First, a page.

First came a sizzle/whoosh!, like a firework launching into the air. That was followed by the sound of running feet, as two high school students came around the Fine Arts Building.
"Did you see where our rocket landed?"
Approximately 600 Kansas high school students and their science teachers descended on Barton Community College on Tuesday for the college’s seventh-annual Jack Kilby Science Day. They could compete in math and science competitions, or listen to short lectures and demonstrations on a variety of topics. Dr. John Simmons, from Barton’s biology department, welcomed the morning participants, introducing keynote speaker Bret Mahoney, academic networking coordinator for Science Museum Oklahoma.
In the afternoon, more than 1,000 students in grades 5 through 8 would also hear Mahoney, whose interactive science presentations had kids laughing and learning at the same time.
"I’m almost like a science cheerleader," Mahoney said. "I get kids revved up so their teachers can take the reins."
Mahoney had students dissect frozen water balloons, using food coloring to discover patterns in the ice. In this inquiry-based science exercise, he said, students ask the questions that determine what they will discover.
"The coolest thing about this is keeping the legacy of Jack Kilby alive," Simmons said. Kilby’s 1958 invention of the integrated circuit — the microchip — is at the heart of modern electronic marvels. Kilby, who received the Nobel Prize in physics in 2000, also invented the handheld calculator and the thermal printer. He grew up in Great Bend, where he graduated from Great Bend High School in 1941. He died June 20, 2005, at the age of 81, but not before seeing Barton’s first Jack Kilby Science Day.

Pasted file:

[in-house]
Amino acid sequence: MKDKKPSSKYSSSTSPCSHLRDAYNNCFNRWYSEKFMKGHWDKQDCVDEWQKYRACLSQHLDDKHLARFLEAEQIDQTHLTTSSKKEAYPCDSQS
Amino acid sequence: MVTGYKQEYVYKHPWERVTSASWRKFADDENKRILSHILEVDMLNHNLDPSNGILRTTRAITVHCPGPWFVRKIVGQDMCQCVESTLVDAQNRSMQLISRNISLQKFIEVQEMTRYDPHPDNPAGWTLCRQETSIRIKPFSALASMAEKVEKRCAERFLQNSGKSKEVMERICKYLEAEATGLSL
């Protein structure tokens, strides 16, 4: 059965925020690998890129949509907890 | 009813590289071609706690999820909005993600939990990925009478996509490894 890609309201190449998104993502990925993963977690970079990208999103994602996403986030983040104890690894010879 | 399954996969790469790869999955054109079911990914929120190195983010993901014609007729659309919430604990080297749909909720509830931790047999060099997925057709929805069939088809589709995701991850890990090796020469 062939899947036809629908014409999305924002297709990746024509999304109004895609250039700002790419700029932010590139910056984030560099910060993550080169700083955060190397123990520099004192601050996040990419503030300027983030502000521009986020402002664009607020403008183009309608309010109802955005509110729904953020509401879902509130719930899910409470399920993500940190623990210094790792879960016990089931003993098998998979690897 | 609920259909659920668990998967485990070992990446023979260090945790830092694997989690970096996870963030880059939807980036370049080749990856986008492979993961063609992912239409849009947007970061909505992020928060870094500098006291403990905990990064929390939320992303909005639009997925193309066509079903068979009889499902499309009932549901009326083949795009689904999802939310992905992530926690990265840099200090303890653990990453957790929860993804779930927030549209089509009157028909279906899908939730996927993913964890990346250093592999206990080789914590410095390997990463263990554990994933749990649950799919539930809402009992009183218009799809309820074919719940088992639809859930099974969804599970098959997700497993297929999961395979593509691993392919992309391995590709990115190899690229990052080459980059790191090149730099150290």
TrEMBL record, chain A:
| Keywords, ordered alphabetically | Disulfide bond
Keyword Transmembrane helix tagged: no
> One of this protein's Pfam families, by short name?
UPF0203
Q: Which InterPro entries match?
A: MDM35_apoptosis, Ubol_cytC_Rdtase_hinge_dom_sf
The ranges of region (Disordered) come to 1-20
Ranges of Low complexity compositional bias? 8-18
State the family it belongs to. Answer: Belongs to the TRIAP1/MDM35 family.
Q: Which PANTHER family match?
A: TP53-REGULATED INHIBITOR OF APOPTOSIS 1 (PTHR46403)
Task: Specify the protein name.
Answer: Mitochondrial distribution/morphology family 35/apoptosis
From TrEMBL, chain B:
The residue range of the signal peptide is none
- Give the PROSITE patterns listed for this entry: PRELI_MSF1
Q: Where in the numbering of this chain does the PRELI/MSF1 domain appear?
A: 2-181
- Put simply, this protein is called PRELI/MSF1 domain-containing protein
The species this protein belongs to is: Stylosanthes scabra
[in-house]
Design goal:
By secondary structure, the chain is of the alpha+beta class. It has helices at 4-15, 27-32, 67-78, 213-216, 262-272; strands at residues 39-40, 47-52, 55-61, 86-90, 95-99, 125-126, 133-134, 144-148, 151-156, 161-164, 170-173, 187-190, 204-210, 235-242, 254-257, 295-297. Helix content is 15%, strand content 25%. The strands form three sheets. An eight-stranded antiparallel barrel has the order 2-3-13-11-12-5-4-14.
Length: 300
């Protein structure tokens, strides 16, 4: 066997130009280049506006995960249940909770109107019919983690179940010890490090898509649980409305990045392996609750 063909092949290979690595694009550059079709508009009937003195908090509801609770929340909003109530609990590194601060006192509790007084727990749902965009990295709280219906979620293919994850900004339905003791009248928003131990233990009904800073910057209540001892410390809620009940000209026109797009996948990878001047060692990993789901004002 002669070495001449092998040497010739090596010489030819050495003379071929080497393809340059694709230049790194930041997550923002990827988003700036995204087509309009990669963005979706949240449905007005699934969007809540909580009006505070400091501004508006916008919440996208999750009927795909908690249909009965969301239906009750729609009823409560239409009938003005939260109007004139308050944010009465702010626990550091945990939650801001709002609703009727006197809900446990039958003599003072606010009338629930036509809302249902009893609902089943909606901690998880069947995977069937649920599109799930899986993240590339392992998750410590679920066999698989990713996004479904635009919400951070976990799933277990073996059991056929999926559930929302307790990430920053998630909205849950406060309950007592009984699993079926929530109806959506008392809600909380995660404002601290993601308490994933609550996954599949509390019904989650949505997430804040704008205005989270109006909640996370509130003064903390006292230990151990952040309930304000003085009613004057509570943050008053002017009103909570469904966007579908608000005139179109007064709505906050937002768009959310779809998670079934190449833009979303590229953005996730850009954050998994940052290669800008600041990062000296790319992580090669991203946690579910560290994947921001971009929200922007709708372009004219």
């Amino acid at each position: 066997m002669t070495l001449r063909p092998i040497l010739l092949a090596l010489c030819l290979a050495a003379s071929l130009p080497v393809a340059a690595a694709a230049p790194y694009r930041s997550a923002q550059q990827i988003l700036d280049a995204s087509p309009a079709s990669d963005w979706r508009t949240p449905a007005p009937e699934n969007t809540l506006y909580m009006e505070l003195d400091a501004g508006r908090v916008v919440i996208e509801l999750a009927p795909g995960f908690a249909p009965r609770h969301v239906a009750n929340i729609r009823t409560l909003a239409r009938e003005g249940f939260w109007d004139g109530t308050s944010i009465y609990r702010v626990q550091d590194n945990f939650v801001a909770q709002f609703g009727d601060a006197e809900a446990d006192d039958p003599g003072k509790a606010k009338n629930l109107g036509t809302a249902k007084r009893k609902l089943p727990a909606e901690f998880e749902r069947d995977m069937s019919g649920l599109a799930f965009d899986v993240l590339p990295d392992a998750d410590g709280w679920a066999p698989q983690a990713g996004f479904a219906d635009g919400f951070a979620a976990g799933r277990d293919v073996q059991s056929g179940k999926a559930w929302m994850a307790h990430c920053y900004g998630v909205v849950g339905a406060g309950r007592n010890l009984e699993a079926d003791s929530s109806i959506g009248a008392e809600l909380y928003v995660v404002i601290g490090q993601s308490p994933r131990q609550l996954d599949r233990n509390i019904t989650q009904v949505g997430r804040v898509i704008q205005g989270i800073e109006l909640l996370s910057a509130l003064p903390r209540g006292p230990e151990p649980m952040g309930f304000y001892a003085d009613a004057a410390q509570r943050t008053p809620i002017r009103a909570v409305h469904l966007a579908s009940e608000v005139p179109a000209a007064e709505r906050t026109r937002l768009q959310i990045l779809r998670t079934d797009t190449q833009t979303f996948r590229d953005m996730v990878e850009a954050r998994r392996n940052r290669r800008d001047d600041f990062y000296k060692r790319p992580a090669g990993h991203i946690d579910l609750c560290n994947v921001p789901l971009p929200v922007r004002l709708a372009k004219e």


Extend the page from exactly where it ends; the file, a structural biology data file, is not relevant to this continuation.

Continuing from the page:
"Jack told us, ‘Keep it fun,’ and that’s what we constantly strive to do," Simmons said. "As evidenced by the enthusiasm today, Jack would be proud."
Sparking young imaginations sometimes involved actual sparks, as seen by the wayward rocket that landed without incident. At "Chemistry Magic," one of the dozens of possible sessions offered to students, Barton science instructor Guy Causey had students mixing compounds and creating a small volcano. "You have to be a bit of a pyro to study chemistry," Causey said.
In fact, not all of the science involved explosions. Aubrey Alcorn, a student from Claflin High School, said she attended sessions on wind energy and soils. "Everything was pretty interesting." After a morning of learning, students were treated to pizza in the Kirkman Center. As a Barton jazz band played, students could also look at booths featuring some of the programs offered at the college.